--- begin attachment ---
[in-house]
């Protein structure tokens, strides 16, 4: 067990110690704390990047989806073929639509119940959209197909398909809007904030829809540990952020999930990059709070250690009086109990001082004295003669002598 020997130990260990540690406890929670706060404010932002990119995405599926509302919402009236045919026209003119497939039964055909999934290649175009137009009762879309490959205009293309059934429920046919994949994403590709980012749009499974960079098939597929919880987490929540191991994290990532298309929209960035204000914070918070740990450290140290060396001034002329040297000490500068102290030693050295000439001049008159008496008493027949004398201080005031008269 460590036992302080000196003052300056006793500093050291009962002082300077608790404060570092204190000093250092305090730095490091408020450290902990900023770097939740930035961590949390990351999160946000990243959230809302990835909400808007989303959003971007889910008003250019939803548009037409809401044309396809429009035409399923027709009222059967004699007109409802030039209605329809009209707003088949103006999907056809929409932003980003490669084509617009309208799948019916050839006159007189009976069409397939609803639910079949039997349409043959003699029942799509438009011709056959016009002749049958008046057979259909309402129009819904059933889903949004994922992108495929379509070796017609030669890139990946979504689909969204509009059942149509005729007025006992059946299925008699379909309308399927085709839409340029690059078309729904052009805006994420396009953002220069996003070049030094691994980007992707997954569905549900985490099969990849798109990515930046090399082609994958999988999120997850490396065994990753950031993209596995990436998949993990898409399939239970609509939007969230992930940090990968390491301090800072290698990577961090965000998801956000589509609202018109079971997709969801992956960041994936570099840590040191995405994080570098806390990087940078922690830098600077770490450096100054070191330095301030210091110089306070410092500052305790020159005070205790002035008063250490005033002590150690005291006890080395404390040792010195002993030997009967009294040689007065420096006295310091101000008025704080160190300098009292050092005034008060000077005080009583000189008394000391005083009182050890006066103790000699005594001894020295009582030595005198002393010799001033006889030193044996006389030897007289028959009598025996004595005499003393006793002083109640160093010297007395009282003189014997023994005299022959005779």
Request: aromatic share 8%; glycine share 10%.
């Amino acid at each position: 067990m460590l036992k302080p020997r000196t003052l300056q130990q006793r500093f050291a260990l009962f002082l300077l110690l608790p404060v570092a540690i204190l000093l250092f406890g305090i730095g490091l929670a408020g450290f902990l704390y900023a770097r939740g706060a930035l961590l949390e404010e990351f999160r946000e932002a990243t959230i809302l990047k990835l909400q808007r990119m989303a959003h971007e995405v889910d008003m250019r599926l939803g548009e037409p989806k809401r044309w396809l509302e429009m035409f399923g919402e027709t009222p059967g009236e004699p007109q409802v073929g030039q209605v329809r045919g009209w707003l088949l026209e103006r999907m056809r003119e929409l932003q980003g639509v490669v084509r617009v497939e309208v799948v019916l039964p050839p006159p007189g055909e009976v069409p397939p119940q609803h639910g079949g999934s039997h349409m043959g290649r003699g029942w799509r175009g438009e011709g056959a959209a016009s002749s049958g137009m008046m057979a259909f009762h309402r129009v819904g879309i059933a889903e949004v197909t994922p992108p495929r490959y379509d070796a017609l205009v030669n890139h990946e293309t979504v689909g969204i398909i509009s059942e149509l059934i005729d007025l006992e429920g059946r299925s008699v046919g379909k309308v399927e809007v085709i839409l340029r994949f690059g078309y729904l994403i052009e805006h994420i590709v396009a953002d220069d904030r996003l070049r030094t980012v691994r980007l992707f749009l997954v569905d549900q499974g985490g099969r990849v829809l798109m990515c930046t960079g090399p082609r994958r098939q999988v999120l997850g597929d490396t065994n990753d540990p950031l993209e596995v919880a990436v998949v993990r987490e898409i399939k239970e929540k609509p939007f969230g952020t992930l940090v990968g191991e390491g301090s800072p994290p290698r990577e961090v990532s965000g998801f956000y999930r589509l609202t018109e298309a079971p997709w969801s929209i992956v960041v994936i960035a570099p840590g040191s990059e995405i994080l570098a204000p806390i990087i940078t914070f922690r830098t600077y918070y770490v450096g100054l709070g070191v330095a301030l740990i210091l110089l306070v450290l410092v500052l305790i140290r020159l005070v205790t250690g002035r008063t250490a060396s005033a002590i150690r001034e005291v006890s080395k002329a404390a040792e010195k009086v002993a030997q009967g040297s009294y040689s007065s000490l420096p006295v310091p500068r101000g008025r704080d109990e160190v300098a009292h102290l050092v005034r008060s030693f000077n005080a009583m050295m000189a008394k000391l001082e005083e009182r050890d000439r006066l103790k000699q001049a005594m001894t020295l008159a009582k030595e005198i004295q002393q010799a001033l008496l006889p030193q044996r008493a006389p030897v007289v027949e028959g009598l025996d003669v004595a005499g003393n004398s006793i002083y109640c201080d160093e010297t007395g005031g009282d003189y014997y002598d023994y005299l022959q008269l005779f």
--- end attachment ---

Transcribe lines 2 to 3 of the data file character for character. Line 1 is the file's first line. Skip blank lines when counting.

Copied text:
């Protein structure tokens, strides 16, 4: 067990110690704390990047989806073929639509119940959209197909398909809007904030829809540990952020999930990059709070250690009086109990001082004295003669002598 020997130990260990540690406890929670706060404010932002990119995405599926509302919402009236045919026209003119497939039964055909999934290649175009137009009762879309490959205009293309059934429920046919994949994403590709980012749009499974960079098939597929919880987490929540191991994290990532298309929209960035204000914070918070740990450290140290060396001034002329040297000490500068102290030693050295000439001049008159008496008493027949004398201080005031008269 460590036992302080000196003052300056006793500093050291009962002082300077608790404060570092204190000093250092305090730095490091408020450290902990900023770097939740930035961590949390990351999160946000990243959230809302990835909400808007989303959003971007889910008003250019939803548009037409809401044309396809429009035409399923027709009222059967004699007109409802030039209605329809009209707003088949103006999907056809929409932003980003490669084509617009309208799948019916050839006159007189009976069409397939609803639910079949039997349409043959003699029942799509438009011709056959016009002749049958008046057979259909309402129009819904059933889903949004994922992108495929379509070796017609030669890139990946979504689909969204509009059942149509005729007025006992059946299925008699379909309308399927085709839409340029690059078309729904052009805006994420396009953002220069996003070049030094691994980007992707997954569905549900985490099969990849798109990515930046090399082609994958999988999120997850490396065994990753950031993209596995990436998949993990898409399939239970609509939007969230992930940090990968390491301090800072290698990577961090965000998801956000589509609202018109079971997709969801992956960041994936570099840590040191995405994080570098806390990087940078922690830098600077770490450096100054070191330095301030210091110089306070410092500052305790020159005070205790002035008063250490005033002590150690005291006890080395404390040792010195002993030997009967009294040689007065420096006295310091101000008025704080160190300098009292050092005034008060000077005080009583000189008394000391005083009182050890006066103790000699005594001894020295009582030595005198002393010799001033006889030193044996006389030897007289028959009598025996004595005499003393006793002083109640160093010297007395009282003189014997023994005299022959005779």
Request: aromatic share 8%; glycine share 10%.